Combining attentive, compassionate care with our extensive clinical and research resources, UT Southwestern's cardiology experts and vascular specialists deliver individualized care within pre-eminent health care facilities.
Ventricular Septal Defect
Among the nation’s leading cardiothoracic surgery centers, UT Southwestern Medical Center offers expert diagnosis and advanced cardiac surgery to repair ventricular septal defect (VSD).
These heart defects – usually congenital – and their related complications are unique to every person. UT Southwestern’s experienced surgeons tailor the repair procedure to each patient as appropriate.
Skilled Care for a Serious Heart Defect
Ventricular septal defect (VSD) refers to one or more holes in the muscular wall that separates the heart’s left and right ventricles. The holes allow too much blood to flow to the lungs, which can lead to heart failure.
UT Southwestern’s experienced cardiologists and cardiothoracic surgeons expertly diagnose and treat each patient’s unique case. Our specialized team offers the most advanced technologies and surgical interventions for this serious condition.
UT Southwestern is also home to a dedicated Cardiac Rehabilitation Program. Cardiac rehabilitation is a critical component of recovery and can prevent future heart disease.
What to Expect
VSD Repair: Preoperative Details
The surgeon provides specific instructions to the patient prior to the VSD repair procedure, discussing risks such as bleeding, infection, or adverse reaction to anesthesia.
Patients also meet with the anesthesiologist prior to the surgery to review their medical history. Patients should not eat after midnight the night before the surgery.
On the day of surgery, the patient arrives at the hospital, registers, and changes into a hospital gown. A nurse reviews the patient’s charts to make sure there are no problems.
The anesthesiologist then starts an IV, and the patient is taken to the operating room, where the surgeon verifies the patient’s name and procedure before any medication is given. Surgery will begin once the patient is under anesthesia.
For pediatric patients: Children must be free from infection – including dental infections – for up to six weeks prior to surgery. Please be sure children’s immunization records are made available to the surgeon or nurse.
VSD Repair: Operative Details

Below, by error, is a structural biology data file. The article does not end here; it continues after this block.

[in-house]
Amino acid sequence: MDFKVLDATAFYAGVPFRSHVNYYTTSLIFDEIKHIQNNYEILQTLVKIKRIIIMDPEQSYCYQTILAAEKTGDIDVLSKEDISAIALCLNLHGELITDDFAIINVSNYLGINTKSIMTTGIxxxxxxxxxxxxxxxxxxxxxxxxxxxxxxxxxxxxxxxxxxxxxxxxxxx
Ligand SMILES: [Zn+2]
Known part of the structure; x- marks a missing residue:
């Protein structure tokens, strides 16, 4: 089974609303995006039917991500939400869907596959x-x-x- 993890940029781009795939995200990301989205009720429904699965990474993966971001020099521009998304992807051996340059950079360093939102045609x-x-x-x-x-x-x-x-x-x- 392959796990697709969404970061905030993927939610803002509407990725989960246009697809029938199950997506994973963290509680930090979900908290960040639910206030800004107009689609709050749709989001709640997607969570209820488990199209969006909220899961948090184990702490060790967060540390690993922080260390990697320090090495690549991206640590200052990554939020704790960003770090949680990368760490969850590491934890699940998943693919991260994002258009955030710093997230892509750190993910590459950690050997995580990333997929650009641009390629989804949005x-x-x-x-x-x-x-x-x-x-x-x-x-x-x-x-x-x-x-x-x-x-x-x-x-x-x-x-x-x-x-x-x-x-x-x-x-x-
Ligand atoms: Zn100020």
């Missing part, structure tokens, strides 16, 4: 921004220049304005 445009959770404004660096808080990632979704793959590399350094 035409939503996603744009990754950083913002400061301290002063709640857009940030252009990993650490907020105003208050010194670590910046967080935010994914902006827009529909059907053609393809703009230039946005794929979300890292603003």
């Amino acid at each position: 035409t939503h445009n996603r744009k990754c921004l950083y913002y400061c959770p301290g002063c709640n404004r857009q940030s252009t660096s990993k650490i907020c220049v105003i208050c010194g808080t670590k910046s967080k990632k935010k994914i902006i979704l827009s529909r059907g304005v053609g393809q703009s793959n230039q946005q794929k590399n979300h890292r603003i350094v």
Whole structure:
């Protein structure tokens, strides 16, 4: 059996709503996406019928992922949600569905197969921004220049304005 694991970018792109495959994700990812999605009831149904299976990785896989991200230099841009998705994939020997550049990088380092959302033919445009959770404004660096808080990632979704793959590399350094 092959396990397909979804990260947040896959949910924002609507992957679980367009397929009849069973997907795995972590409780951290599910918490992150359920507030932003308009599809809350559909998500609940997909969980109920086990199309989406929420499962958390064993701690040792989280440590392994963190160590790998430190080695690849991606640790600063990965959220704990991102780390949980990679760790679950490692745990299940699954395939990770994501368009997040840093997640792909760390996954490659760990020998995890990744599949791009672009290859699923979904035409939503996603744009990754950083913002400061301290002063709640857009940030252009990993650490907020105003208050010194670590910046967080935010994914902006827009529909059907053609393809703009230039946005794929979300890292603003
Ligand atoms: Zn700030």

Before the surgery begins, a cardiologist starts a transesophageal echocardiogram (TEE) so the surgeon can look at the heart structure during surgery.
The surgeon then makes an incision in the breastbone to reach the heart, and the patient is placed on a cardiopulmonary bypass machine – which pumps blood to the body, bypassing the heart and lungs except for the coronary arteries – while the heart is stopped temporarily.
The surgeon then makes an incision in either the right atrium, the pulmonary artery, or the right ventricular outflow tract to access the defect. A patch – either synthetic or made from the patient’s own pericardial tissue – is then stitched onto the VSD to close it.
The heart is closed with sutures, and the cardiopulmonary bypass machine is removed. Pacing wires are placed temporarily on the heart to prevent heart rhythm abnormalities after the operation. Chest tubes are placed to collect residual blood or fluid in the chest after the surgery, and the skin is closed with stitches or staples.
VSD Repair: Postoperative Details
After surgery, patients are taken to the intensive care unit and monitored. Pain is likely, and pain medication is given as appropriate. Patients also are on a respirator and have a breathing tube for the first few hours after surgery.
The length of the hospital stay depends on how quickly patients recover and can perform some physical activity.
UT Southwestern’s cardiac rehabilitation specialists create customized plans that integrate proper nutrition, exercise, and, if necessary, nicotine cessation into patients’ lifestyles to improve their cardiovascular health.
Clinical TrialsAs one of the nation’s top academic medical centers, UT Southwestern offers a number of clinical trials aimed at improving the outcomes of patients with cardiovascular disease.
Clinical trials often give patients access to leading-edge treatments that are not yet widely available. Eligible patients who choose to participate in one of UT Southwestern’s clinical trials might receive treatments years before they are available to the public.
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